Dengue cases confirmed

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At least two people, and likely four more, have been infected with dengue fever after being bitten by mosquitoes on the Big Island.


At least two people, and likely four more, have been infected with dengue fever after being bitten by mosquitoes on the Big Island.

In a statement issued Thursday afternoon, the state Department of Health reported it was investigating two confirmed cases, and called four others “probable.”

“The department sent out a medical advisory to Hawaii County clinicians earlier today to alert them and urge them to report suspect dengue fever cases,” the statement reads.

While dengue fever is not endemic to Hawaii, the state does have the mosquito species capable of transmitting the disease, said state epidemiologist Dr. Sarah Park.

“It’s likely an infected traveler infected the local mosquito population, which led to this cluster, so we want the public to be aware of this mosquito-borne disease and the steps they can take to prevent infection,” she said.

Local environmental health assessments have not turned up significant mosquito activity in the affected area, said Hawaii District health officer Aaron Ueno.

“As a precautionary measure, the department is conducting mosquito prevention activities, such as spraying with consent from property owners,” he said.

Deputy state epidemiologist Dr. Melissa Viray said Thursday afternoon she could not identify the location or locations where the dengue fever was reported, because it could give Big Isle residents a “false sense of security.”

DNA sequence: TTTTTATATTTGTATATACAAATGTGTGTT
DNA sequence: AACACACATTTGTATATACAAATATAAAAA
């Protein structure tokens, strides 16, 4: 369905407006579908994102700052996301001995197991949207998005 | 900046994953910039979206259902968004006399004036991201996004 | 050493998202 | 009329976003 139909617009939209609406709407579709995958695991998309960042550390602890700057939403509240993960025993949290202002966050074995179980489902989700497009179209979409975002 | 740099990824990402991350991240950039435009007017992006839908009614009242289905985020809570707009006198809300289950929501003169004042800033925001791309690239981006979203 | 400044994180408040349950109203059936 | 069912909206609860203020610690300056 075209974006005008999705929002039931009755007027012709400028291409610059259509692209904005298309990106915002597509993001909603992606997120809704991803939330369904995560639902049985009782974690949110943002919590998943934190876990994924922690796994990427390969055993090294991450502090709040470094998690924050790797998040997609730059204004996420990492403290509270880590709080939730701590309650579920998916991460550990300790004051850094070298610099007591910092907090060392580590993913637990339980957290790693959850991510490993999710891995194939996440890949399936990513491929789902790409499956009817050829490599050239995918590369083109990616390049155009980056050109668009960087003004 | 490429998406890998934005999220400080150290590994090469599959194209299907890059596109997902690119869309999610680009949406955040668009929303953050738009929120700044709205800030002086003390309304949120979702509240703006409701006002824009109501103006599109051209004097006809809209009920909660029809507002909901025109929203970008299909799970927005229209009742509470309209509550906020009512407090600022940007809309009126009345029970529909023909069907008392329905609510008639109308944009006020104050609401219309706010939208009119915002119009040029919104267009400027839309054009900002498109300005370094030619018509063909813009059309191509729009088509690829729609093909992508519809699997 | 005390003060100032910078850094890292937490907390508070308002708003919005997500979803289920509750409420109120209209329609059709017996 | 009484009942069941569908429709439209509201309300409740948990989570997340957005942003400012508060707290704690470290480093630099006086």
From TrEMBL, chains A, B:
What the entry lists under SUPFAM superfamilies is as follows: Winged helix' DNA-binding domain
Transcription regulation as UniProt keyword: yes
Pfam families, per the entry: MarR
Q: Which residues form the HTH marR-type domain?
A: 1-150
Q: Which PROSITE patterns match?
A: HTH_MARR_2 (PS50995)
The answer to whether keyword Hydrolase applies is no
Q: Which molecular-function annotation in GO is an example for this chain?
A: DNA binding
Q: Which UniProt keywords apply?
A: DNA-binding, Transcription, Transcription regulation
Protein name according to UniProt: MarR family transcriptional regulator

“There is a rationale for this,” she said. “The island, even though it’s called the Big Island, is not very big. People can drive across it in a couple of hours and spread something. My investigation is still ongoing, and we’re still looking at where people went and what they have in commonalities. … It might be very misleading to say where these cases occurred.”

Viray asked that area residents be aware of the mosquito-borne illness and be on the lookout for symptoms.

Symptoms typically begin within a week after a bite by an infected mosquito and can include fever, joint or muscle pains, headache or pain behind the eyes and rash. People who have the symptoms should contact their health care provider and avoid further exposure to mosquitoes, which is also the best means of prevention.

“Dengue virus is most often transmitted through the bite of an infected mosquito,” reads Thursday’s statement from the Health Department.

“Travelers to areas with infected mosquitoes where dengue fever is endemic are at the highest risk of acquiring the disease. Mosquitoes breed in areas of standing water (such as planters, old tires and pet water bowls). Use mosquito repellents containing 20-30 percent DEET and wear long sleeves and pants in areas where mosquito-borne disease is a concern.”

For more tips on mosquito control, go to


For more information on dengue fever, visit the DOH website at

Email Colin M. Stewart at

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